Those facts were clear then, as they are now in the Malaysia Solution—Australia’s latest refugee policy to transport its first 800 asylum seekers, including unaccompanied children, arriving by boat to Malaysia, a non-signatory to the Convention on Refugees and has a dismal record in refugee protection. Australia in turn will provide permanent homes to 4,000 Burmese refugees from Malaysia over a period of four years. The arrival of another boat carrying 62 asylum seekers last August 12 brings the total to 269 arbitrarily detained ‘boat people’ in Australia.

The Tampa affair was characterised by a great crime of omission—an intentional evasion of its earnest duty as a civilised and enlightened nation to comply with its international obligation to assist refugees. The Malaysia Solution becomes an aggravating circumstance to Australia’s notoriety, for what on Poseidon’s name is the wisdom behind sending away 800 and getting 4,000 refugees in return? Acquiring such a huge number clearly shows Australia’s capacity to take more refugees than those that arrive here by boat.

It is claimed that the Tampa affair had occurred to frustrate, and the Pacific and Malaysia Solutions were devised against, people smuggling. But certainly, such a reprehensible act and inhumane policies work heavily against the proper treatment and settlement of asylum seekers arriving by boat. As a testament to its hypocrisy, Australia shirks from its obligation to its few ‘boat people’ by arranging to send them away to ‘dissuade’ people smugglers and then gather numerous refugees from Malaysia to proclaim that it is a nation that bears a torch for refugee protection.

The problem lies there. Australia’s policymakers have to recognise two things: that Australia is an acknowledged part of the regime of asylum nations and that the policy should be geared towards the humane treatment of refugees on its shores. Asylum seekers arriving by boat have to be accorded the heavy presumption of being refugees, who are as such as defined under the Convention on Refugees whether their journey has been caused by people smugglers or not. A myopic policy hooked callously against people smugglers is weighing down on the refugees, in serious violation of their right to liberty and security.

The problem is not the people smugglers. It is how Australia responds to its role as an asylum nation. Australia is not a paradise of fools where asylum seekers set sail to land. It should not act as one.

Samuel P. Huntington chose not to heed Chomsky’s bold verdict in the late 1970s that, “If a rational Fascist dictatorship were to exist, then it would choose the American system” (Chomsky 1979). Huntington published his influential study, The Third Wave: Democratization in the Late Twentieth Century, where he openly professes that, “The United States is the premier democratic country of the modern world” (Huntington 1991) and pursues in his article ‘Democracy’s Third Wave’ that, “During the 1970s and 1980s the United States was a major promoter of democratization,” and “Democratic movements around the world have been inspired by and have borrowed from the American example” (Huntington 1991).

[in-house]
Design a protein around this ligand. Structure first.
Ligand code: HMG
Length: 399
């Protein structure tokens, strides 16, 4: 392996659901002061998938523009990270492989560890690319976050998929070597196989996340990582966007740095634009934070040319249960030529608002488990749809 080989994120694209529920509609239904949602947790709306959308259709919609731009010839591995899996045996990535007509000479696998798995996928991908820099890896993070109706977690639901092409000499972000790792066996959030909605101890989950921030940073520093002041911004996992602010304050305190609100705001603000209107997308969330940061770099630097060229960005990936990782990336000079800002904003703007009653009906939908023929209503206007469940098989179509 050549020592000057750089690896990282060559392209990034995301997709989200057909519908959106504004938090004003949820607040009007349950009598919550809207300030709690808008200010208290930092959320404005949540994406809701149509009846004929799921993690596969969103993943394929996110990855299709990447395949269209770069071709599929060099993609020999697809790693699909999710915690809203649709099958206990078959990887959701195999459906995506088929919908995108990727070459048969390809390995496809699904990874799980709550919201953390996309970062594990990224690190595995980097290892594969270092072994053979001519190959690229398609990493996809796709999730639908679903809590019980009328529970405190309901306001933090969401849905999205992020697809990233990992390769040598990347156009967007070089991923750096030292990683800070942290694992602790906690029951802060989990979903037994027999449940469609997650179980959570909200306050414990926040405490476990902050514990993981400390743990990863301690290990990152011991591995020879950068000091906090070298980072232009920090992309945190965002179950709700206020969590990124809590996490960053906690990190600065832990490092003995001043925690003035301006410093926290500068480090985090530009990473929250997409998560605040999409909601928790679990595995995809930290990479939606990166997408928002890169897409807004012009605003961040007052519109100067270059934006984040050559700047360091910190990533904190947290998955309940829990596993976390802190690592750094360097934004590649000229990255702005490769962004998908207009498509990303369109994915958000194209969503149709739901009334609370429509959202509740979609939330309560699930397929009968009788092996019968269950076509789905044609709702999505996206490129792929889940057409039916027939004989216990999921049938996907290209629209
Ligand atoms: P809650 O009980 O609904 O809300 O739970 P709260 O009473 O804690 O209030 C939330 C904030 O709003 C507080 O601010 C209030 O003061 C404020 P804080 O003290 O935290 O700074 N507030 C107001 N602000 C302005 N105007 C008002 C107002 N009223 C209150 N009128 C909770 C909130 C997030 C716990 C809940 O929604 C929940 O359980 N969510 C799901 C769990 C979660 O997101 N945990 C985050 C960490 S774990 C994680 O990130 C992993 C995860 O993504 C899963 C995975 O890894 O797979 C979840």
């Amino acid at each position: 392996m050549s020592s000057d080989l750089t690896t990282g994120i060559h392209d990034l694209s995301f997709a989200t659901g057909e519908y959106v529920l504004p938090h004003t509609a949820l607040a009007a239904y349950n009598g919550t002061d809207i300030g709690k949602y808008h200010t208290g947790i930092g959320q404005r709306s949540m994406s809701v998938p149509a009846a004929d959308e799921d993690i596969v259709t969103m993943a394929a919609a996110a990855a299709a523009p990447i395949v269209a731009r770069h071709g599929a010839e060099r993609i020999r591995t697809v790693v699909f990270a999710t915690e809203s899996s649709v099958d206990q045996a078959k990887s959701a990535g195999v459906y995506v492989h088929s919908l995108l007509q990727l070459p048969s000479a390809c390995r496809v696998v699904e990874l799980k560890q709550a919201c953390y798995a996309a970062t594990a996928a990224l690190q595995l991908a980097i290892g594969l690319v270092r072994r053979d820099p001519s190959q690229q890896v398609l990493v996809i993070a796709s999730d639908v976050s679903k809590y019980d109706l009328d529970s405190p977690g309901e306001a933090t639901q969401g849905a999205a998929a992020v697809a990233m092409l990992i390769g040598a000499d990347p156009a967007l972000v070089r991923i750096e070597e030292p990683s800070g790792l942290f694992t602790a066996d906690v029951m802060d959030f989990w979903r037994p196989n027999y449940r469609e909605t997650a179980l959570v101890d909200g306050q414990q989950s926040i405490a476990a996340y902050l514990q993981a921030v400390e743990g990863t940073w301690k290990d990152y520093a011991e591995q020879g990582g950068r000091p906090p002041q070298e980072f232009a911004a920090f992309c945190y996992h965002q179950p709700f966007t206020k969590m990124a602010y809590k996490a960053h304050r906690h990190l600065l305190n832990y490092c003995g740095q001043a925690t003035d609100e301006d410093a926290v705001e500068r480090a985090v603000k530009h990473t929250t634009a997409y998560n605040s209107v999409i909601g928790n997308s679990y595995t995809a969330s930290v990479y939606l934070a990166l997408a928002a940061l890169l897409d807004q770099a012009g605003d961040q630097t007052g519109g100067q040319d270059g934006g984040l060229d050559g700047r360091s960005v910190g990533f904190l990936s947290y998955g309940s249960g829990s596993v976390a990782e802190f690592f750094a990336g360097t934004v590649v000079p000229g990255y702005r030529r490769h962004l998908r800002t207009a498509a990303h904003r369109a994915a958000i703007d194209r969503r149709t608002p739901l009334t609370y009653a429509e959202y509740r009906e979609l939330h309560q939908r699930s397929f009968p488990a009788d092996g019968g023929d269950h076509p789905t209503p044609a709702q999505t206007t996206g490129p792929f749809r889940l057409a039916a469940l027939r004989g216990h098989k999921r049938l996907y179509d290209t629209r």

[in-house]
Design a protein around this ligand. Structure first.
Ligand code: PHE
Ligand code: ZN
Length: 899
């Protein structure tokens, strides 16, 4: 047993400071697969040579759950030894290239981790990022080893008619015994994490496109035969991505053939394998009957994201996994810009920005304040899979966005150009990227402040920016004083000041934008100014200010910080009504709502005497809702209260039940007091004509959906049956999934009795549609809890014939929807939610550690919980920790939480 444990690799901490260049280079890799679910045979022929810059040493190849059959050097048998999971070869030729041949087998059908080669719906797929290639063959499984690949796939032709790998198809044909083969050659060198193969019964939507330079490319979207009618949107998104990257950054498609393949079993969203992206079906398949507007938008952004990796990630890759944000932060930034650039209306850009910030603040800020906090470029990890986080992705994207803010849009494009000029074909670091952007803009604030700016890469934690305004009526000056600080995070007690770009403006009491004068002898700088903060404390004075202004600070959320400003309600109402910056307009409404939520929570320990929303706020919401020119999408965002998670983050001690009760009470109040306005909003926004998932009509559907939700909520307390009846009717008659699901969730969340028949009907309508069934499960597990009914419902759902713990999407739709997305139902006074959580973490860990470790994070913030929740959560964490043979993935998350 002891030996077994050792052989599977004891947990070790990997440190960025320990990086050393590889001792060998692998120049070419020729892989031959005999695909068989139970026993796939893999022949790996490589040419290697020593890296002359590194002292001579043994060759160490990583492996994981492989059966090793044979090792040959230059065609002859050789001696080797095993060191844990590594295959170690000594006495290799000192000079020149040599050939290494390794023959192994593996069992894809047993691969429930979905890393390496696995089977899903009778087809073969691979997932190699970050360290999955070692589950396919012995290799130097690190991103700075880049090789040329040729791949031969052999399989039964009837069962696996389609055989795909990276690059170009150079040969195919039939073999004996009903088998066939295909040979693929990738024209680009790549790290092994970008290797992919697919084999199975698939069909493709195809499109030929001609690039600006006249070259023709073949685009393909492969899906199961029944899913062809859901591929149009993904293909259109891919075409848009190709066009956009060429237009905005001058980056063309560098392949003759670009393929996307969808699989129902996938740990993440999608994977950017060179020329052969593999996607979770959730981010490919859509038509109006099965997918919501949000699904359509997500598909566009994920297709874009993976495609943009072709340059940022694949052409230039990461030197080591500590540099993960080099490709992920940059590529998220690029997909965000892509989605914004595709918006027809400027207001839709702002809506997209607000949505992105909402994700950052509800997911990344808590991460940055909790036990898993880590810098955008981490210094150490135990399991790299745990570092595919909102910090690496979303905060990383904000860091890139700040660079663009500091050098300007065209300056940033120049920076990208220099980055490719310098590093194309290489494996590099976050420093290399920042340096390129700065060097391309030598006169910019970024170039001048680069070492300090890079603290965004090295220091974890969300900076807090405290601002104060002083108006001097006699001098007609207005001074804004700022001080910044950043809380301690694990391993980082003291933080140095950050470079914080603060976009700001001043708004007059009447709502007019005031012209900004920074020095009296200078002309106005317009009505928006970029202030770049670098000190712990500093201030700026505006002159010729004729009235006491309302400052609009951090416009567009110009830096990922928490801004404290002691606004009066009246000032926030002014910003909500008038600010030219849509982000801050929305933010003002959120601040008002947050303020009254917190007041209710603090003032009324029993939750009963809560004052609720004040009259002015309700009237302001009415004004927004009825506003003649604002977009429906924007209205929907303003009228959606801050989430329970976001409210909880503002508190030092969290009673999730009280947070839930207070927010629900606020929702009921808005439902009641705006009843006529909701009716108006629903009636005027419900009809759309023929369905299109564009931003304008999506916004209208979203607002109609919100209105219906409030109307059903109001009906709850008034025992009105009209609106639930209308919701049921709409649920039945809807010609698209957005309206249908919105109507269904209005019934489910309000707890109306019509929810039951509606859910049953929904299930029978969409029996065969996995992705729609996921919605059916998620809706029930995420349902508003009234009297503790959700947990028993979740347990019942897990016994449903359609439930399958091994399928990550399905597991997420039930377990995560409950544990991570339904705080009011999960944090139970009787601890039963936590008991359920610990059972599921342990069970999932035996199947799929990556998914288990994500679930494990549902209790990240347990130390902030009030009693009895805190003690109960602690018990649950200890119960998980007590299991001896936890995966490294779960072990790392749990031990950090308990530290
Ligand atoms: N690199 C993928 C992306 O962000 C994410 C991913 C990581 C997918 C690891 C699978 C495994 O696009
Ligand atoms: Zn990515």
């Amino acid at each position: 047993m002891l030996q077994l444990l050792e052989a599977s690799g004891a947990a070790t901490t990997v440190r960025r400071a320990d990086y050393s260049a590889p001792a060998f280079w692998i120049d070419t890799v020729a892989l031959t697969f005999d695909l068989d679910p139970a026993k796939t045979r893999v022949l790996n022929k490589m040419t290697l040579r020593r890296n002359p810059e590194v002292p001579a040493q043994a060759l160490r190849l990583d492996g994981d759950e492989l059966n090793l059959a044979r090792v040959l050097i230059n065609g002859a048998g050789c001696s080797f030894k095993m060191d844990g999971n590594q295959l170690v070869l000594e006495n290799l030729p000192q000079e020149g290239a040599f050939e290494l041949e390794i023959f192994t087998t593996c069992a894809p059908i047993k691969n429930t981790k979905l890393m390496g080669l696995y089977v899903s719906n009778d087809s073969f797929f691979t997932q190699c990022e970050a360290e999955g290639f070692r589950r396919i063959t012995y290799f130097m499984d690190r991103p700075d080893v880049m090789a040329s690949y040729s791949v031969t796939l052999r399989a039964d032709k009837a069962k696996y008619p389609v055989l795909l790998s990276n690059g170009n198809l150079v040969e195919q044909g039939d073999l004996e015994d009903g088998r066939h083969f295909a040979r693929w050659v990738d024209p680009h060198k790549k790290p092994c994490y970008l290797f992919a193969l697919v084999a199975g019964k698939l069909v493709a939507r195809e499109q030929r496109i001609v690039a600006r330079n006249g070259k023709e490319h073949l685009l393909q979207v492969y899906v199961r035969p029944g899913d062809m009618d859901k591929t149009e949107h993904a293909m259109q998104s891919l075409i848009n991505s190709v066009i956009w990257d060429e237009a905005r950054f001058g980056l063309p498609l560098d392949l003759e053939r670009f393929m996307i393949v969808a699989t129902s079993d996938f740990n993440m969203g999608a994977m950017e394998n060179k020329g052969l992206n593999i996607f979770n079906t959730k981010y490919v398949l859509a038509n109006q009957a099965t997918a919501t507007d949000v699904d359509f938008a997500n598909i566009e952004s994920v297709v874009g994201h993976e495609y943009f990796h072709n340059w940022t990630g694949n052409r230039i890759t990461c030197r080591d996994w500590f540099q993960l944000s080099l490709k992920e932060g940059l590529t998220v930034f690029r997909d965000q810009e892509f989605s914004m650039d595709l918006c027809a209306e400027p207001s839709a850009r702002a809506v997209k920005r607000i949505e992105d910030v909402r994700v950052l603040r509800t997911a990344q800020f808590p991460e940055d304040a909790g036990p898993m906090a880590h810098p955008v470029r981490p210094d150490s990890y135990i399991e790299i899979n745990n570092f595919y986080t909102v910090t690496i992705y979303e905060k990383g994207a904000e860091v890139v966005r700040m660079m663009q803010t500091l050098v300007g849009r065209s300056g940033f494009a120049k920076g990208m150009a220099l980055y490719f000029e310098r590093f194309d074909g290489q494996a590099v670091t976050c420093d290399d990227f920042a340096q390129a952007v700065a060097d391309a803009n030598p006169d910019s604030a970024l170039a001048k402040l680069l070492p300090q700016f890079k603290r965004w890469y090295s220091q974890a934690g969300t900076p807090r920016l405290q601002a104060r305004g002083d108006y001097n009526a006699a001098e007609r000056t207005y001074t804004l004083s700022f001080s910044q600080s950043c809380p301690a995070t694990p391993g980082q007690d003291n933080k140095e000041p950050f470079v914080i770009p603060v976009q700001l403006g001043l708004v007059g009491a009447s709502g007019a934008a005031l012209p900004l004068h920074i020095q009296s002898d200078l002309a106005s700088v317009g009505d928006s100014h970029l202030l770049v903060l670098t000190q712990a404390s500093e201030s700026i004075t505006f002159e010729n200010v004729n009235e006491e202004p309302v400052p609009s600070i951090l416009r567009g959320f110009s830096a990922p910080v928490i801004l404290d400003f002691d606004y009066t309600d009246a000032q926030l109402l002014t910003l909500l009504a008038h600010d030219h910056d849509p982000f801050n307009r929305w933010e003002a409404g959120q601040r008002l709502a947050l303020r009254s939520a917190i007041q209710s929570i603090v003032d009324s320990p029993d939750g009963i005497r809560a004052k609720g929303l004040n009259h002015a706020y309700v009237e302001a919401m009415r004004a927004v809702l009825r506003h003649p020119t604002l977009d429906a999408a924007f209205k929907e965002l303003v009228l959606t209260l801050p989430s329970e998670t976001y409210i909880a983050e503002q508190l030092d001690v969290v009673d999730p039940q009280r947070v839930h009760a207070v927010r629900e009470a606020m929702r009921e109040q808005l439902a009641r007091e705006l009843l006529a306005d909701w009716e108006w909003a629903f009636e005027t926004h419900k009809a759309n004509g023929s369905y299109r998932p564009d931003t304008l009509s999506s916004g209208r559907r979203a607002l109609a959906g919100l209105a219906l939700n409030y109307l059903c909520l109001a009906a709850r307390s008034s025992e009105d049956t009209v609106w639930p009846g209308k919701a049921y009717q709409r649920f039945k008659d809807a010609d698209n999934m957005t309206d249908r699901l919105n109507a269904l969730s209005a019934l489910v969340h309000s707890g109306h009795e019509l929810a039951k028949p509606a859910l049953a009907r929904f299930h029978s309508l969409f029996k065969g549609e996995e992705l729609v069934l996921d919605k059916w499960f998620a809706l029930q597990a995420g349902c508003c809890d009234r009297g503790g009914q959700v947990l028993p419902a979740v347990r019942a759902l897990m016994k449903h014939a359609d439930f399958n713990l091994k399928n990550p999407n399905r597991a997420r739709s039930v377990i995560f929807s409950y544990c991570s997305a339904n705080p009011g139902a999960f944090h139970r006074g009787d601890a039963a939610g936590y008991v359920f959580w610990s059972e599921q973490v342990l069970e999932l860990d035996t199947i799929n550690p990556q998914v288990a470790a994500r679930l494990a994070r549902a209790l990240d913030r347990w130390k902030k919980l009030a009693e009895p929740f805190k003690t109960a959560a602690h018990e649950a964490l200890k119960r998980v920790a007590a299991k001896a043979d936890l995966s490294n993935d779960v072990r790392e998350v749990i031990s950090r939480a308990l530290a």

Though often accused of ideological ethnocentric bias, his discourse that the diffusion of democracy in the world comes in waves has attracted significant attention from scholars. Huntington’s (1991) study shows that the first wave of democratization started in the 1820s and lasted until 1926 with 29 democratic countries. The first “reverse wave” begun in 1922 in Mussolini’s Italy until 1942 that only 12 democratic states were left. After World War II and by the process of decolonisation, the second wave took off that lasted in 1962 with 36 democratic regimes. The years 1960-1975 saw the second reverse wave reducing the number to 30. By 1974, transitions to democracy gained strength in the current third wave that brought another 30 states to the figure scale until 1990, the last year of his observation.

Huntington (1991) offers us the causes of the third wave of democratization from 1974-1990: the deepening legitimacy problems of authoritarian regimes; the global economic growth of the 1960s; the shift in the Catholic Church as opponent of authoritarianism; the external forces from policy changes in the West; and the “snowballing” effect providing models for democratization.

But what is the impetus for the third wave of democratisation after 1990? Are the driving forces submitted by Huntington the same foundations for democratization after that period? What kind of democracy has been created through democratization? What have been the strengths and weaknesses of the states that made transitions to democracy during the third wave?